'The Ride' by Nelly Furtado, album review by Owen Maxwell

Sony/Tenth Street Ent


Nelly Furtado

The Ride

Canadian pop-stars tend to be a lot more calculated and strategic than many of their American counterparts. This may be part of the reason it’s been five years since we’ve heard from Nelly Furtado, the singer who paved her way with her own music and a string of hit singles with Timbaland and N.E.R.D., needless to say there’s been a deficit of Furtado’s music. On an album that works a lot more often than it doesn’t, Furtado is making her claim back on the Canadian pop scene.

“Cold Hard Truth” opens the album with the strong single-power expected from Furtado, mixed in with some fun syncopated rhythms, that really mix up the whole feeling of the track. The synth work on the track is refreshingly retro and fun, just like popping percussion, while the overall sound is a little more candy than the racier work Furtado got attention for years ago. Alternatively, there’s a much darker feeling to “Flatline” with its running pulse effect, and the overall damaging love story that it tells. Bursting into passionate choruses however, Furtado still brings every bit of energy.

Despite its darker lyricism “Live” is an undeniably catchy track on the record, bringing both sides of coin to light. While almost too light sonically at first, the breakthrough of bass in the final half of the track is a breath of fresh air that opens the track to feeling exactly as it should, making its twisted harmonies feel all the more natural. “Paris Sun” finds Furtado leaning to her sultry pop sounds again in delightful fashion, with a startlingly powerful use of piano rather than keys. Overall one of the strongest tracks here, the growling to ripping bass lines mixed with an all to catchy vocal and synth melody mixture makes this a standout return track for Furtado, showing she’s got everything she’s ever had.

Moving to more dance-focused pop, “Sticks and Stones” finds her taking a more trippy mix of rhythms, along some absolutely classic sounding vocal hooks. While certain parts of the track feel almost too familiar at times, live this track will soar thanks to its fun backing and all the great melodic moments it hits. Diving into a more modern candy pop sound, “Magic” mixes in a very La Roux sounding bass-line, over a very bright tragic full of soaring harmonies and even brighter touches. Thanks to a very explosive finale that goes to 11 after a moment of calm, it saves itself from being too light and slightly forgettable.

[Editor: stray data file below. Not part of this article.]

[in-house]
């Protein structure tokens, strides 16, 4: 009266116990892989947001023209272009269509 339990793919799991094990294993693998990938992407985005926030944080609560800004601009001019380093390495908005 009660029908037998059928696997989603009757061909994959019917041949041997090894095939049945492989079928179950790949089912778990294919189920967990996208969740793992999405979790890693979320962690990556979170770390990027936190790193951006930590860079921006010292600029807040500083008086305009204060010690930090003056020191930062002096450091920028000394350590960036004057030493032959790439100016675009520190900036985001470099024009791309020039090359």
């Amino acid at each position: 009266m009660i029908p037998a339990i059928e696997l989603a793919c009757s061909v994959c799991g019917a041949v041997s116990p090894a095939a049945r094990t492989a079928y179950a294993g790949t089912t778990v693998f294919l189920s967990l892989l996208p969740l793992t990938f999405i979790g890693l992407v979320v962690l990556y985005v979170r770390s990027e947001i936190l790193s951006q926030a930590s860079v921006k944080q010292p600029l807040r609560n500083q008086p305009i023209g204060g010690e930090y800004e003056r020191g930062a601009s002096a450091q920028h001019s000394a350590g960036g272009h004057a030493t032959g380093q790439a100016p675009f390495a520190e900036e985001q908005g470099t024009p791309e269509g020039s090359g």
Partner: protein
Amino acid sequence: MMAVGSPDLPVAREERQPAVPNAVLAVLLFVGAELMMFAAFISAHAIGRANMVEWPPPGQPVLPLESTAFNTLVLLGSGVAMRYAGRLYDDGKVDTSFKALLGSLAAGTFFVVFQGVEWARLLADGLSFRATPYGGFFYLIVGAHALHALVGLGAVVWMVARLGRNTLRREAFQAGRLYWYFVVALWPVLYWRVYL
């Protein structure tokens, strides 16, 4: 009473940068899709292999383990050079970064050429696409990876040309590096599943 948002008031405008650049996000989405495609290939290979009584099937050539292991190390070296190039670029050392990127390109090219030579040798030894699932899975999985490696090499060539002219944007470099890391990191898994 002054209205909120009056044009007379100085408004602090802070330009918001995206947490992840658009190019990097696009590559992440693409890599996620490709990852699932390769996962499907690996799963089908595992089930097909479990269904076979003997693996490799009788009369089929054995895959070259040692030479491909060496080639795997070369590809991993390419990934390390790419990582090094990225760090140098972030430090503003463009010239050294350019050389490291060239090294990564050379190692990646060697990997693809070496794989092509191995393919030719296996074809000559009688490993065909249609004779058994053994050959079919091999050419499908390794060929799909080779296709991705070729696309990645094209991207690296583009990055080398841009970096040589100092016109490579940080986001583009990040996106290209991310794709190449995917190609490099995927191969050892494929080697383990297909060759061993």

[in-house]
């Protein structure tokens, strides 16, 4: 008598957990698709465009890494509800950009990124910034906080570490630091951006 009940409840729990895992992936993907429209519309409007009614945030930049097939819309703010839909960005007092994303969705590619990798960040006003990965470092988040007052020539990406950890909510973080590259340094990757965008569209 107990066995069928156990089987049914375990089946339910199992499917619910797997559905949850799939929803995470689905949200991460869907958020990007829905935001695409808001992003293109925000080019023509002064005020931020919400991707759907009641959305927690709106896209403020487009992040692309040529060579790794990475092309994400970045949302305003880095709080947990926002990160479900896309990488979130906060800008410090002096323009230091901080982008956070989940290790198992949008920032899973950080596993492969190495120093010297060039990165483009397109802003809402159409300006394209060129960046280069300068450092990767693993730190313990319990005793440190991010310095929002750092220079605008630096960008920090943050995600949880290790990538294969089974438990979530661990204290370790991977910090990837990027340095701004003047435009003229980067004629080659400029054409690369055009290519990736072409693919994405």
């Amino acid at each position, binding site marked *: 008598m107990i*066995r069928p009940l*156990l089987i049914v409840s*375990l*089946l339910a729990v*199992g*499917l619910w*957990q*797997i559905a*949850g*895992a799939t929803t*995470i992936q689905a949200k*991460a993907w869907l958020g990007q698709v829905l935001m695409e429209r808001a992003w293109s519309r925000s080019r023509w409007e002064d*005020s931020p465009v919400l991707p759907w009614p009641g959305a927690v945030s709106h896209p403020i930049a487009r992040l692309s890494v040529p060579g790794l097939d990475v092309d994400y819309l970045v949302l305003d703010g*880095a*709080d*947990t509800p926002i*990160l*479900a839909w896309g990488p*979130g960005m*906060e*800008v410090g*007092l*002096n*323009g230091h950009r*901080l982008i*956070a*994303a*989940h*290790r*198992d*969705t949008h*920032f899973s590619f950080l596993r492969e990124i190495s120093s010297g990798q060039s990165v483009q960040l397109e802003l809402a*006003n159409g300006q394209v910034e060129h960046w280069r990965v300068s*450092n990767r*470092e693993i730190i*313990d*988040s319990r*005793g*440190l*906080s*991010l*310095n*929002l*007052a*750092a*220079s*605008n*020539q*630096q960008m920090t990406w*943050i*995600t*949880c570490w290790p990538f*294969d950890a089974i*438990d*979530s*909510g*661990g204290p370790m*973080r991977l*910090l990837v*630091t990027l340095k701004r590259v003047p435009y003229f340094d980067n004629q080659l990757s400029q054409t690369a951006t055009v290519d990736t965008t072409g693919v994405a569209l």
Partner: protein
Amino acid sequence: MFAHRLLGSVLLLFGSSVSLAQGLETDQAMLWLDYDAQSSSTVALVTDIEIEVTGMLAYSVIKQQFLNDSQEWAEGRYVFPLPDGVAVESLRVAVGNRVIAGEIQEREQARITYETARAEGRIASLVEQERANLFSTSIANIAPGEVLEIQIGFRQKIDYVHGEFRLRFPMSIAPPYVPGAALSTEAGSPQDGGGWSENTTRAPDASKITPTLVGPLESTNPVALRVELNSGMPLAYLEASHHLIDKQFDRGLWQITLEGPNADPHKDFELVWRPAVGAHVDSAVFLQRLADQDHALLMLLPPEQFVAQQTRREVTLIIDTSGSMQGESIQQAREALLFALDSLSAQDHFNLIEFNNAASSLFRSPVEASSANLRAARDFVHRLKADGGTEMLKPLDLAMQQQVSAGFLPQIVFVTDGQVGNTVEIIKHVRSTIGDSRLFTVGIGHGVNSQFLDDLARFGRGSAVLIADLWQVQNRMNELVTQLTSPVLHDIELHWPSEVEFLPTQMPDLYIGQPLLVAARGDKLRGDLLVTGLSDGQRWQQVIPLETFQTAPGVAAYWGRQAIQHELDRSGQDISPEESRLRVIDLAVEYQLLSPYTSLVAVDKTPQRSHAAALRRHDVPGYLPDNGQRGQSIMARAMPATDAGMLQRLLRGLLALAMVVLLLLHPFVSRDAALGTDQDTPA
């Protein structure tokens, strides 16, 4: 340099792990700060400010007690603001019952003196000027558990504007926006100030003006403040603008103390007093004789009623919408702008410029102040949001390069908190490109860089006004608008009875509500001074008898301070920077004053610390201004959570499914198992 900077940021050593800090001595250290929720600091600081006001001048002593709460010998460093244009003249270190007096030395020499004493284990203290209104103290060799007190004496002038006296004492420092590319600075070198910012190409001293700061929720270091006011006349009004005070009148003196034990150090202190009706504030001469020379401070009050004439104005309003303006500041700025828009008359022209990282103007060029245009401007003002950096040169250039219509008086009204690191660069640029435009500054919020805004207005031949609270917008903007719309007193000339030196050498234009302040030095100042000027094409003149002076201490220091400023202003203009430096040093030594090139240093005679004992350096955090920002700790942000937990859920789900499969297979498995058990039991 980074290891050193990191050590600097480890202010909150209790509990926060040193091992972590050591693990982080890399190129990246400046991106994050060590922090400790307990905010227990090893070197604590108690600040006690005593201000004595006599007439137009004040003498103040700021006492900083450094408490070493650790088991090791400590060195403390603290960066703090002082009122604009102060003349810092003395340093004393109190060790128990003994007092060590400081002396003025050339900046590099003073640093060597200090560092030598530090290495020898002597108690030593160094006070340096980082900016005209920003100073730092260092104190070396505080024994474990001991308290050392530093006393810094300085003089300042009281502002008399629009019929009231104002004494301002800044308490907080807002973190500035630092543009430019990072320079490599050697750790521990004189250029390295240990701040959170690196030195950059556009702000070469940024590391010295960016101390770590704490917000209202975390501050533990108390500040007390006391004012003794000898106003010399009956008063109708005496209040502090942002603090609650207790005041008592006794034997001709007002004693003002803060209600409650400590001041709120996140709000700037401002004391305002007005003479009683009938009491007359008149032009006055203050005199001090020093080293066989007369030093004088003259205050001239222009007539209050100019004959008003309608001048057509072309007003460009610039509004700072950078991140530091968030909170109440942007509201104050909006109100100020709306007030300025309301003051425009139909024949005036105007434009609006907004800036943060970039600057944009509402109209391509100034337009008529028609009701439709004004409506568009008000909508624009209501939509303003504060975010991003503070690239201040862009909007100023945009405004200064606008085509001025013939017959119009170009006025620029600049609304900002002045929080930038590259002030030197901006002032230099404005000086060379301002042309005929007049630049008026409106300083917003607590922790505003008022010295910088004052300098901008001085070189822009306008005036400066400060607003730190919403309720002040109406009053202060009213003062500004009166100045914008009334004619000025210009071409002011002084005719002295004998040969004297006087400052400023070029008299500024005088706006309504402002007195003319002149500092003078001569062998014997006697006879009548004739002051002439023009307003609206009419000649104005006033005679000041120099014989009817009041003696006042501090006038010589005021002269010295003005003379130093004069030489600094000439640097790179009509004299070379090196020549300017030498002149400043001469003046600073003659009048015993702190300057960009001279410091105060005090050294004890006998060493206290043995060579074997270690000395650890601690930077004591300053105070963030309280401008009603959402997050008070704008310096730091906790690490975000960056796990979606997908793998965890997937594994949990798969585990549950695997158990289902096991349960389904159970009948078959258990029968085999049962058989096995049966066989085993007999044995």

While it’s hard not to smile as Furtado sings “Pipe Dreams” over the very pipe-fueled organ lines of the track and there’s a painfully tender pain to “Carnival Games,” both songs just don’t recover enough from their blander sides to earn repeat listens.

“Palaces” throttles listeners from the start, instantly gripping in its stop-and-go dynamics and hefty synths, it’s got the single power to bring her back to the mainstream. If anything, given the track’s grand finale, it might actually hold back too much on its initial choruses and could stand to push it even more. Going light again, “Tap Dancing” feels more like a new Tegan and Sara track done with the right sense of pop but still feels too ingrained in a light sound to stay intriguing throughout.

Switching it up though “Right Road” actually feels like it pulls from St. Vincent of all artists for its demented pop. With this in mind the crooked feeling the song exudes is all the more addictive thanks to the abrasive nature of its melodic hooks especially in the very St. Vincent sound that its major melodic hook provides midway into the song. So much of the deeper emotions on this record seem to have been saved for “Phoenix” leaving it almost an out-of-left-field closer to the record, but it works all the same. Given its piano and voice drive on a record with no shortage of synth, its different sound ends up giving it stronger footing where it would seem too samey on some of her previous releases.

Overall with more strengths than weaknesses, Furtado has crafted a great return album that has enough really unique singles and clever moments to earn its way into your ears. While almost too bright at times, the consistent feeling of synth-driven power pop throughout the majority of the record keep it going strong. While it could almost use even more darkness and touches of her mid-2000s single’s magic, hopefully this sounds her return as a whole to music that will more than satisfy those needs from her music.

review by Owen Maxwell